We define long-term studies as those that cover a significant part of the study species' life cycle; in reality, many studies have already extended over multiple generations. We first provide a brief overview of the historical beginnings of modern primate field studies, most of which lay in the 1950s and early 1960s.
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These loci were screened in 23 other New World monkeys and an average of seven loci was variable per species, suggesting that these loci could be of use in studies of other Neotropical primates. In many species, call recipients respond to food-associated calls by approaching the signaller. For this reason, most studies of food-associated calls focus on the benefits to a signaller of attracting a particular audience to a food source. Although call recipients respond as if they have been informed about the location of a food source, it is not necessarily the case that the primary function of food-associated calls is to inform others. I combined naturalistic observations and food placement experiments to investigate the environmental and social influences on call production in white-faced capuchin monkeys to assess other possible functions of food-associated calls.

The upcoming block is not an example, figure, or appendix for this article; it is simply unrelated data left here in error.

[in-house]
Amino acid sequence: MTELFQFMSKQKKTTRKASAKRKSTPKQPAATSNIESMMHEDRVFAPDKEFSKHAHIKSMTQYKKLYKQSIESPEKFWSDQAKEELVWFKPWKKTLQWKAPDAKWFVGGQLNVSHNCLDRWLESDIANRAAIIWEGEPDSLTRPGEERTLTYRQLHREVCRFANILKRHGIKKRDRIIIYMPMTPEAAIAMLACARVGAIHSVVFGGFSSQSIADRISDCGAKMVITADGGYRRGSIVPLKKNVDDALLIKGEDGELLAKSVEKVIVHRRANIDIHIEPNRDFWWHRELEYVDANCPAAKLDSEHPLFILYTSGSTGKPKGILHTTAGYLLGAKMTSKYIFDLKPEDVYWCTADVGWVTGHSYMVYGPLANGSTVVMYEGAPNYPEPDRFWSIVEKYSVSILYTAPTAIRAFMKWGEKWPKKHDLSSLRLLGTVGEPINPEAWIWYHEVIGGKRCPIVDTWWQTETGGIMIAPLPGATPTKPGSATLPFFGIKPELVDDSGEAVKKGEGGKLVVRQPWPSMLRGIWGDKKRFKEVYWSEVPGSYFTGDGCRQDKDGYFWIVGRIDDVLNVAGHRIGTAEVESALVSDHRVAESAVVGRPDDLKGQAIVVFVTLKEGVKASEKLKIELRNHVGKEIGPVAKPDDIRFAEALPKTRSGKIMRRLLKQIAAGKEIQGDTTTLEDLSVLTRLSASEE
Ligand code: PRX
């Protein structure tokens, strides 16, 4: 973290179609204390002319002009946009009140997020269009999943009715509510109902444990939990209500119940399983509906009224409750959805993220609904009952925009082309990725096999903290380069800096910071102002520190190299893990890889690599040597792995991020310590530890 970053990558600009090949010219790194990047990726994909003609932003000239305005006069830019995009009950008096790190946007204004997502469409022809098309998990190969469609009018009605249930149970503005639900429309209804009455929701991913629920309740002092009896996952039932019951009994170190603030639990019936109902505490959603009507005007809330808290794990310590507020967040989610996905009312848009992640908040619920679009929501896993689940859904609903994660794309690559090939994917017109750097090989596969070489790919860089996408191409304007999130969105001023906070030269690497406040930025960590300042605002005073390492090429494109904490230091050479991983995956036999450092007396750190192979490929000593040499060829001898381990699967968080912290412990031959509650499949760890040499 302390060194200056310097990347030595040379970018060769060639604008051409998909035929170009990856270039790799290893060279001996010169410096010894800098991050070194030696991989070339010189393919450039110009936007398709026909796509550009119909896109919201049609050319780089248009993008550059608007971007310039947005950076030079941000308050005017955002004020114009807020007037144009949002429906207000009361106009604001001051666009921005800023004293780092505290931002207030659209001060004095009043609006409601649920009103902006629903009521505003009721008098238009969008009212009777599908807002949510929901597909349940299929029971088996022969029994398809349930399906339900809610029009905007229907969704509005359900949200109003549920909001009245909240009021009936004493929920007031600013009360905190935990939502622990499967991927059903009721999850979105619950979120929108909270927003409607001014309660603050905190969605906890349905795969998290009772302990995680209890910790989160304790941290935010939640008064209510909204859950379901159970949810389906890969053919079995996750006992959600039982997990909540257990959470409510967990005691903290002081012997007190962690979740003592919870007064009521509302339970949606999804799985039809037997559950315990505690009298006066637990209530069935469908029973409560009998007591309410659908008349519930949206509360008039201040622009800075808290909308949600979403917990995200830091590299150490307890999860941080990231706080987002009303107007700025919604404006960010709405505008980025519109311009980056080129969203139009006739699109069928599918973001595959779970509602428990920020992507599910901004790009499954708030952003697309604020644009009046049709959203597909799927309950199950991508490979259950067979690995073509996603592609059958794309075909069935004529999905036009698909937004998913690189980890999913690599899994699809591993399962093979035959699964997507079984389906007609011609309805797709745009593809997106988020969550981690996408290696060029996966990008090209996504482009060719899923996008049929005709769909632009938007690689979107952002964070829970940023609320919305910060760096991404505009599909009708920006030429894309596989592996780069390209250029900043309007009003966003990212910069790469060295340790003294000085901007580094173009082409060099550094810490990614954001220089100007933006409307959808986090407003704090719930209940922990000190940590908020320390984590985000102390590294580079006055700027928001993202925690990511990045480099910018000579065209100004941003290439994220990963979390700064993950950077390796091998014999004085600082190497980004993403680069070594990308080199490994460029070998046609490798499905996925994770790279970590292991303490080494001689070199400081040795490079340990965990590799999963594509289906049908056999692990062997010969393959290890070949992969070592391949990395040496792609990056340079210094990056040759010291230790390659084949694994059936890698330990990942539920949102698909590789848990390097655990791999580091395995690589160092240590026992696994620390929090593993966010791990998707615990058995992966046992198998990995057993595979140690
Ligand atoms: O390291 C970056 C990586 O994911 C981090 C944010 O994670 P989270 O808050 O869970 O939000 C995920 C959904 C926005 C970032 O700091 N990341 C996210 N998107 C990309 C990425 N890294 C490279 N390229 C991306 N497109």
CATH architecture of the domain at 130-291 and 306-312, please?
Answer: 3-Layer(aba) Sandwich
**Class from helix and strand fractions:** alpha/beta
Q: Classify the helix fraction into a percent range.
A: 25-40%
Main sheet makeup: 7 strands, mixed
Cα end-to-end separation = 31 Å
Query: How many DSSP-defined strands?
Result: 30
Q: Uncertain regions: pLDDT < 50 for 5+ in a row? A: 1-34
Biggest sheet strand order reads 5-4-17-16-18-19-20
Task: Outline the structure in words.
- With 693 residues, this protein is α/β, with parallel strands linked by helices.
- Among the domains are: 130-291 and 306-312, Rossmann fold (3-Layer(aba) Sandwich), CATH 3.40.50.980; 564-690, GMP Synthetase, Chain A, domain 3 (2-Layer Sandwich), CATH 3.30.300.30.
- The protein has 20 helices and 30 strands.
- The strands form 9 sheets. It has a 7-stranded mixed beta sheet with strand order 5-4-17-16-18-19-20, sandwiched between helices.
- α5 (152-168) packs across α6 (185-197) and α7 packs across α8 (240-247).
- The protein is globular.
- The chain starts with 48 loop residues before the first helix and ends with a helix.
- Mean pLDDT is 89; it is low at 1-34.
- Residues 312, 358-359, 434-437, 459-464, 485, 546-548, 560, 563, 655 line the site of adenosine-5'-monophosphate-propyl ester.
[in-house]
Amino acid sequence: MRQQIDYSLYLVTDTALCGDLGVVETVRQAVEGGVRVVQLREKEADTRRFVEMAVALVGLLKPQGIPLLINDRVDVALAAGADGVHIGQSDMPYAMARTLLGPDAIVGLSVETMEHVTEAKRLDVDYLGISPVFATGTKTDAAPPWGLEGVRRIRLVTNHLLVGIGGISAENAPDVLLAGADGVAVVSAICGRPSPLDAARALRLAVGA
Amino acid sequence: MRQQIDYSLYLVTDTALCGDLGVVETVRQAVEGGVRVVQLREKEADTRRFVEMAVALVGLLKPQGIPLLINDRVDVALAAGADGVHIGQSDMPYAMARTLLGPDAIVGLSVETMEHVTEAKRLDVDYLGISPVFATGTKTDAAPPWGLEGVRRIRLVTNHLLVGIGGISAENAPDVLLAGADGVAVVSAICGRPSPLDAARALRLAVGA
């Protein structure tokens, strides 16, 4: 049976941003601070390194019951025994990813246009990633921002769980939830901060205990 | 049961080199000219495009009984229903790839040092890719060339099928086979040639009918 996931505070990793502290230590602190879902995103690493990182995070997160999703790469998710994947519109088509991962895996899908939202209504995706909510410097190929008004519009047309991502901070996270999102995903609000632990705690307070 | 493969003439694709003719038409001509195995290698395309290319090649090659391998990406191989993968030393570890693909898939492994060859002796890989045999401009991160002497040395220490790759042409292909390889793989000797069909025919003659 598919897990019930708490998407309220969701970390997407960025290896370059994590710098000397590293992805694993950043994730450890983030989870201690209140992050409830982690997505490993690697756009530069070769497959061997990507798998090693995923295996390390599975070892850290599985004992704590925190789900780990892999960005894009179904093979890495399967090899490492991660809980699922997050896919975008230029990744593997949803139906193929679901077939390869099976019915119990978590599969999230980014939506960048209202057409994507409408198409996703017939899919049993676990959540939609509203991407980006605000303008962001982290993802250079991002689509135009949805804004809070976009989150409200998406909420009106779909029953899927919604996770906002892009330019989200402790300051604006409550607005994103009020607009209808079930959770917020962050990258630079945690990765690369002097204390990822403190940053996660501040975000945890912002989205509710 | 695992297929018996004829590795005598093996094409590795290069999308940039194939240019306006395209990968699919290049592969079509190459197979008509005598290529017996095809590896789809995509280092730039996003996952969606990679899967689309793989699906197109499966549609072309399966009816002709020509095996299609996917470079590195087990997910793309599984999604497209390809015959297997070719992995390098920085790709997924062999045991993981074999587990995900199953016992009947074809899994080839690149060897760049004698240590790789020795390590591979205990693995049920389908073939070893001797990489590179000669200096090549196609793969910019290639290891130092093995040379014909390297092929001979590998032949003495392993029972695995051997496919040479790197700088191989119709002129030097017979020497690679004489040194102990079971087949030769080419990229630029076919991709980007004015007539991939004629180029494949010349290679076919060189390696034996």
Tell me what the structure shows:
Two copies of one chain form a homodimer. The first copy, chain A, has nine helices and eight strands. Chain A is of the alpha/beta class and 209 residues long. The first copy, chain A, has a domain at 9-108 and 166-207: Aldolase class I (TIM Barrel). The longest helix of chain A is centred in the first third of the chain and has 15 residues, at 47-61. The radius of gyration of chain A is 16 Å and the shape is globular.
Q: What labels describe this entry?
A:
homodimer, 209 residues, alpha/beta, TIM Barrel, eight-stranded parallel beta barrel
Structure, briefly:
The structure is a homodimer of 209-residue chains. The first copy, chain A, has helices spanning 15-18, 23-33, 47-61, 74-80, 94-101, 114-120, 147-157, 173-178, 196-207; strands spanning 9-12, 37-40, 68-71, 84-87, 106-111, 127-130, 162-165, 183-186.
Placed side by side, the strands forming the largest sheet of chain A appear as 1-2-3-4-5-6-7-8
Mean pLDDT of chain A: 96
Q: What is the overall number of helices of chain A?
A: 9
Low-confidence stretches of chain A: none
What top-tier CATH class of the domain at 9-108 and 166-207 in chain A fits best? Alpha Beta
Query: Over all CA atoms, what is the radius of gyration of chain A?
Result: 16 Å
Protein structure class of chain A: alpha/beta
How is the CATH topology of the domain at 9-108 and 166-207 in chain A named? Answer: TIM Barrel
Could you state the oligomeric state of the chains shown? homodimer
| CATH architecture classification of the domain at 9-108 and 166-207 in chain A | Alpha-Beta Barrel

- These models have rarely been investigated in species with exceptionally long male tenures, such as white-faced capuchins, where female mate choice for novel unrelated males may be important in shaping reproductive skew.